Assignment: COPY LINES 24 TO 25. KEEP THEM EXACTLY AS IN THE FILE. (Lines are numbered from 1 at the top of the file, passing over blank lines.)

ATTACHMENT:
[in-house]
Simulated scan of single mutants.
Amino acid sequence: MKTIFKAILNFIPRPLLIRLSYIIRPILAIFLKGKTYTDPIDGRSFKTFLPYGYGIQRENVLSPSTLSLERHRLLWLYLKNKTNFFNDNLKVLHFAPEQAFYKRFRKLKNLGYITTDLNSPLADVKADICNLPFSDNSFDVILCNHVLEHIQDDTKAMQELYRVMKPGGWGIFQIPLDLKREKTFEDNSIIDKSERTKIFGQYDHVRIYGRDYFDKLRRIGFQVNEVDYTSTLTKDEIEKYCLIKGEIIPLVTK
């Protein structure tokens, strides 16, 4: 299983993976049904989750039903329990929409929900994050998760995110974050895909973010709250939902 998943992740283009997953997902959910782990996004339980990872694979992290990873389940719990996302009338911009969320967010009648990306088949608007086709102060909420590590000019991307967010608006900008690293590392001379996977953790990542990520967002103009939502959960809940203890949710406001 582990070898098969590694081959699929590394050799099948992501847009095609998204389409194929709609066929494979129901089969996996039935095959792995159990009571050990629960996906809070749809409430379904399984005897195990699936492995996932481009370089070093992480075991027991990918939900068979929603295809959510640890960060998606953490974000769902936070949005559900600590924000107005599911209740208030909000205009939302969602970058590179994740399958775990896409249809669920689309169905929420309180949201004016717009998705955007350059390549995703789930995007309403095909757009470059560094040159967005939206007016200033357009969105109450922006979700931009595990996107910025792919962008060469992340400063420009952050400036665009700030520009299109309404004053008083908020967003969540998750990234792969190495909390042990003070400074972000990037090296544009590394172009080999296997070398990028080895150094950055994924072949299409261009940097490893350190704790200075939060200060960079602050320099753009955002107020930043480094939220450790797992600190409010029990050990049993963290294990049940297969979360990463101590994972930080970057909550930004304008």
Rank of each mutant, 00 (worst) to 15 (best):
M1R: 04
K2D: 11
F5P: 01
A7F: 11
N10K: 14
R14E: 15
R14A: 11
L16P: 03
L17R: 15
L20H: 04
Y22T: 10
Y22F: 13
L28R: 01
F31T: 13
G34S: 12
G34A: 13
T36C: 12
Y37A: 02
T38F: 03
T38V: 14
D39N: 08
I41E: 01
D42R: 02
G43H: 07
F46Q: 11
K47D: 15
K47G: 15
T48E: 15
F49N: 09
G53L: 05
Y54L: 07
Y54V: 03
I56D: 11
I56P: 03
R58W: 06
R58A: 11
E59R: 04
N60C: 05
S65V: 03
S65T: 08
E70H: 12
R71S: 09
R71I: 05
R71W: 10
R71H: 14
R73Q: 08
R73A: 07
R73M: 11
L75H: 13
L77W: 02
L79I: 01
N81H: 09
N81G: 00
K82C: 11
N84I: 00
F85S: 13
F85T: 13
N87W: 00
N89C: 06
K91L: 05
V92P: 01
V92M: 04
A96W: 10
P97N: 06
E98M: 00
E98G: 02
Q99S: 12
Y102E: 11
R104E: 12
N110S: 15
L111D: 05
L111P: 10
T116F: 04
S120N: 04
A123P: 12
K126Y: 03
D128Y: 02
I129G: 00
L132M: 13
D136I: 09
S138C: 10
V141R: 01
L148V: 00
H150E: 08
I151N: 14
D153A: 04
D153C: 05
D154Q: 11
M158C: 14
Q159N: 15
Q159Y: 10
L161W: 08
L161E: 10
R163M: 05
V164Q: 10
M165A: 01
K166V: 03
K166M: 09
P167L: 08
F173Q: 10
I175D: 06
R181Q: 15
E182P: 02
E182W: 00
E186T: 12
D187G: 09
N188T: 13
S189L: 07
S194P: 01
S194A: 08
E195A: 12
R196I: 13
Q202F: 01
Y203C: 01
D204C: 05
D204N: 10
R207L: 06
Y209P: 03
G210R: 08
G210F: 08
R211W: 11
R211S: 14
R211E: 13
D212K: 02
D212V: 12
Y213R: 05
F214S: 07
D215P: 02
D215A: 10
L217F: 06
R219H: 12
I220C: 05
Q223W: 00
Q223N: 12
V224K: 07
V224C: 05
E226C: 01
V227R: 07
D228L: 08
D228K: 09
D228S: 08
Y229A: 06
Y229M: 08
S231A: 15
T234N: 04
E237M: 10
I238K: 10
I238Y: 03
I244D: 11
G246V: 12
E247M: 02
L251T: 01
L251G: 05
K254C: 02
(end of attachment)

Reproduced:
T38F: 03
T38V: 14